Poetry and creative writing thrive on sensory language. Sights, smells, tastes, touch and sounds are the pallet of word paintings. It’s imperative to introduce a child to the fun of converting their hyper-awareness of the sensory world around them into words. Here are some exercises that I use with college writing classes that are just as valid for younger students. With each of the following examples ask the student to:

 1. Give a written, objective description of the object or sensory experience. It might help to say, “Pretend to tell a friend what the object or sensation is like over the phone.”

  2. Ask for a written, subjective description. Some prompts…I like/hate this______. It reminds me of_____.

Note: I think it is very important early on in the educational process to establish a clear distinction between personal feelings or associations (subjective) and the reality of that object (objective). An educated person will not conflate subjective feeling with objective reality e.g. I hate broccoli. Broccoli is bad. I love dogs. Dogs are good.

Once we are clear on that distinction we can use subjective feelings and associations to form word-picture metaphors.   

 3. Optional. Use the subjective associations of a sensory experience to describe a situation or person. This is hard. This is the translation of feelings into similes and metaphors.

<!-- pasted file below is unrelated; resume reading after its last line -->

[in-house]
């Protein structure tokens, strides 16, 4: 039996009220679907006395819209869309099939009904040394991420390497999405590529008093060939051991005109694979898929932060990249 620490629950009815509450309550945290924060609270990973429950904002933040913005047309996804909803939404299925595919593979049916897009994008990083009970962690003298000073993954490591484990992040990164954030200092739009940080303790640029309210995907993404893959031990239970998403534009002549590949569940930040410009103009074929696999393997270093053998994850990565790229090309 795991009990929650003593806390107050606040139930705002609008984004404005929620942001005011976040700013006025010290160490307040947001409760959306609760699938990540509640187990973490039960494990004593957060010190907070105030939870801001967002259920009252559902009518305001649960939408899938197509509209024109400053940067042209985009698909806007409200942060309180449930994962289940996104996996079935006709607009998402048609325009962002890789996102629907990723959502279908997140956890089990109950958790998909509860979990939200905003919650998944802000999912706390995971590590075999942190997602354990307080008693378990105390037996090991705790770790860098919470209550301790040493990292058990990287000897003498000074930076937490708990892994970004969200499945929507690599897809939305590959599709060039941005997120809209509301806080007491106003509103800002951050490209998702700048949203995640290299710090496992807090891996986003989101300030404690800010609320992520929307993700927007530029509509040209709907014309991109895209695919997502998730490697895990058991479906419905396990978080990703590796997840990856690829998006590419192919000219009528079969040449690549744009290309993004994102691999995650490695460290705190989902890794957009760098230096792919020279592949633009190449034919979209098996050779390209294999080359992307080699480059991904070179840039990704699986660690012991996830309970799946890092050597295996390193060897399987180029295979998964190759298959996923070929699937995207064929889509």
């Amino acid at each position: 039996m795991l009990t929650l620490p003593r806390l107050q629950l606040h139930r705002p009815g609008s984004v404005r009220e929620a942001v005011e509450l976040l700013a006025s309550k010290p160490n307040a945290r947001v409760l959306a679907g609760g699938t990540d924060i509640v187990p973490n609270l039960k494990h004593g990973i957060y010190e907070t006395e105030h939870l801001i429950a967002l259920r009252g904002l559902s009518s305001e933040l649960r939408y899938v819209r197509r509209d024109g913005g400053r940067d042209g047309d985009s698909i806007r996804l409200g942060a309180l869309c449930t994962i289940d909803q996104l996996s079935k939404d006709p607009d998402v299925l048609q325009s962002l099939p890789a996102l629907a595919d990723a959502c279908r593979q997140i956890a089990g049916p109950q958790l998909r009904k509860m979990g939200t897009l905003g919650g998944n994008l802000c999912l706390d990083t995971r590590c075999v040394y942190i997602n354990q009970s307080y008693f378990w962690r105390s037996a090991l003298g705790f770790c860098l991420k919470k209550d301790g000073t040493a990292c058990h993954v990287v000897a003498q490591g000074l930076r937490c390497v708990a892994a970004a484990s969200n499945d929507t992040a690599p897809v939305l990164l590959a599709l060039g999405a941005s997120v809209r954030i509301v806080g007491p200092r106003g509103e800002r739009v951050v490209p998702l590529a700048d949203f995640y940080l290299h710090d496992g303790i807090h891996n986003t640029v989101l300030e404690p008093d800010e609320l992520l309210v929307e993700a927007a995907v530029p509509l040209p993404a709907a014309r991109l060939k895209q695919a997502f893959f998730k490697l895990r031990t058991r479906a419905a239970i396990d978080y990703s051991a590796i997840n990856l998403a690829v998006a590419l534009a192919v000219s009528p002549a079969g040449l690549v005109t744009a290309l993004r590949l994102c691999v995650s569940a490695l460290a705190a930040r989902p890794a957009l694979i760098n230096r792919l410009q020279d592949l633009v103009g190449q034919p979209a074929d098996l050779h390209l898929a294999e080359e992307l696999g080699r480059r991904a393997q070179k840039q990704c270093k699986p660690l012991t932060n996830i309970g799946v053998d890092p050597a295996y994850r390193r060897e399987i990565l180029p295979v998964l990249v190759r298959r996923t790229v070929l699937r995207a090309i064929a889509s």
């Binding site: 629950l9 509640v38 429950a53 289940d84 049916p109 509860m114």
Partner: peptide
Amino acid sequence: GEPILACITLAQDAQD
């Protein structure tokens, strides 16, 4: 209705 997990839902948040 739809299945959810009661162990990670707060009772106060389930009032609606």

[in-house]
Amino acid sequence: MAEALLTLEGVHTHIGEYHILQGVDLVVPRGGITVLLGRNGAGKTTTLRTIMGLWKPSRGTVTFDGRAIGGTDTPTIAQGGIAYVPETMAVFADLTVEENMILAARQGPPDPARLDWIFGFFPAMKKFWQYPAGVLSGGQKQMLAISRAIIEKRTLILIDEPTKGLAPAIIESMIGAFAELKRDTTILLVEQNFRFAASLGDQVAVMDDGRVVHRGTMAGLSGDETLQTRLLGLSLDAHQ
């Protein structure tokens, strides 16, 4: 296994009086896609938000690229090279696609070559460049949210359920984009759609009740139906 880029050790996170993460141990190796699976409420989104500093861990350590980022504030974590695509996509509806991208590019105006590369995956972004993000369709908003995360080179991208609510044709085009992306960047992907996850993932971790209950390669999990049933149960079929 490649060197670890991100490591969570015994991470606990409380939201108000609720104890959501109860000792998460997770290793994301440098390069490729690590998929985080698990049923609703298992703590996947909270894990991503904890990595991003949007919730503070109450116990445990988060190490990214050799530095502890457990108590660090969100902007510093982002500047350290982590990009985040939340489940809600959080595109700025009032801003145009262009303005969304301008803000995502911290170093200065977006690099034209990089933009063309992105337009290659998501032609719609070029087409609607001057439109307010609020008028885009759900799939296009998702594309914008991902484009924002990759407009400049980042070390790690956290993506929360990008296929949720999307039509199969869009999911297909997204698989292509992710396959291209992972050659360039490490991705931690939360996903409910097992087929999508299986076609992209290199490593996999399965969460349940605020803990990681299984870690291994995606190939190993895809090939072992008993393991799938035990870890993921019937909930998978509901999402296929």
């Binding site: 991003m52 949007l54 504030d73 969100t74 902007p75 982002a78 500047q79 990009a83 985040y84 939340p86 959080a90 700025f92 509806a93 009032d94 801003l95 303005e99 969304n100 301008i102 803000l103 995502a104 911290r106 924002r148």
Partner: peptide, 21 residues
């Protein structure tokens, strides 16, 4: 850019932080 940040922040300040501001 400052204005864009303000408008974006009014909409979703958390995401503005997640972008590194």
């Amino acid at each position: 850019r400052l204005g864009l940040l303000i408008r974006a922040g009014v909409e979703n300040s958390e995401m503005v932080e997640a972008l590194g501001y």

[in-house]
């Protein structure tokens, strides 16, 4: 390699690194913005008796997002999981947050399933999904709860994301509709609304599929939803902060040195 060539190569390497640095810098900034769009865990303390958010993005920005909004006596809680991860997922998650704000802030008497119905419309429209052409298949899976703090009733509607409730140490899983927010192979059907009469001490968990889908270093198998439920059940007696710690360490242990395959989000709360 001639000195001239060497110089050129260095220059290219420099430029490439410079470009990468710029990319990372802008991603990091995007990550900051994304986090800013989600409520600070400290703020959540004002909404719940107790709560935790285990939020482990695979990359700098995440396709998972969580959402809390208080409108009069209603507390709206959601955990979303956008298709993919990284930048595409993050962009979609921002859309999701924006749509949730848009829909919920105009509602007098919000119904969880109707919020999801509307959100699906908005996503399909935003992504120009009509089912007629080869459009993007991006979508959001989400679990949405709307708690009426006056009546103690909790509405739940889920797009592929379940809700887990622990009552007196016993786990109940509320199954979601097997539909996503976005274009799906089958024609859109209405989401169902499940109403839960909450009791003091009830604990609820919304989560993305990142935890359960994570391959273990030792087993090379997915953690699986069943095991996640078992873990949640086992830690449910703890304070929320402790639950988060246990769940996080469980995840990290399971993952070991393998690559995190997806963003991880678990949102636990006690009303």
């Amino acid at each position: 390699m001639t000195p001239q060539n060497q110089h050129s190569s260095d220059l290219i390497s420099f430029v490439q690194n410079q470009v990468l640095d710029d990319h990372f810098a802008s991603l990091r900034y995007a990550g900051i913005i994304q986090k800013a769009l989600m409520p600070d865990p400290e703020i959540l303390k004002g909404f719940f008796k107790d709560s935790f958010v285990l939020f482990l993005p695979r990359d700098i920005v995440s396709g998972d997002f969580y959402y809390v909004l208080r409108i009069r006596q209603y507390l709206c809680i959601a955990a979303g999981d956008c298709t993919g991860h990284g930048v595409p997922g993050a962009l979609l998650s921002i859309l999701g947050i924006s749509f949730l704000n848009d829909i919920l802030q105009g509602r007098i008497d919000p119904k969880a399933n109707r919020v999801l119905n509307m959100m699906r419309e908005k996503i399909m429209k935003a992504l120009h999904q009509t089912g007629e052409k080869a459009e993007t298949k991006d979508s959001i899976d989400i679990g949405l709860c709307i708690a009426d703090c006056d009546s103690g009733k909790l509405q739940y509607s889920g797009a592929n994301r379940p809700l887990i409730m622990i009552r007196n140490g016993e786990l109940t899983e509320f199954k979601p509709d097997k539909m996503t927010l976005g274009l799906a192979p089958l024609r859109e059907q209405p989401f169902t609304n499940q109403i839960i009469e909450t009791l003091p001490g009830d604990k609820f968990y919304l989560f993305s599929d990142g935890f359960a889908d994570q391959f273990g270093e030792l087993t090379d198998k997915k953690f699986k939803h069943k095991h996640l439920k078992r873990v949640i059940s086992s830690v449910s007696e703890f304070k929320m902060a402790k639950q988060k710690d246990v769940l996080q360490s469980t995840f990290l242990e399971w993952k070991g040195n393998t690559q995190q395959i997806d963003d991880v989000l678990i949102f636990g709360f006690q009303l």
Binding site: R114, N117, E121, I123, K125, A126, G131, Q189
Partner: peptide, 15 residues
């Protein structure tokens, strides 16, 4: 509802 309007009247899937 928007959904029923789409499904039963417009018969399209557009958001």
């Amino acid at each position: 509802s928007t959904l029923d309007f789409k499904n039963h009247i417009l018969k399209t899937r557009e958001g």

E.g. I was so scared my mouth wouldn’t work, like right after you bite into a green apple.

Uncle John’s voice was like walking on the gravel in our driveway.

 Sight:

Hold up an ordinary but fairly complex object that requires more than one or two words to describe. I use a Russian nesting doll in class. Then ask the student to go through steps 1,2,3.

 Hearing:

Ask your student to close his/her eyes and listen to a simple sound e.g. a squeeze toy or a bouncing ball. Go through steps 1,2,3.

Touch:

Ask your students to reach into a bag or covered container without looking in and touch the contents. Gravel is good or corn meal etc. Steps 1,2,3.

 Smell:

Pour a distinctive smelling liquid (lemon juice, vinegar, pine cleaner) onto a paper towel and ask your student to go through steps 1,2,3.

 Taste:

Mask the identity of a beverage and ask your student to go through 1,2,3.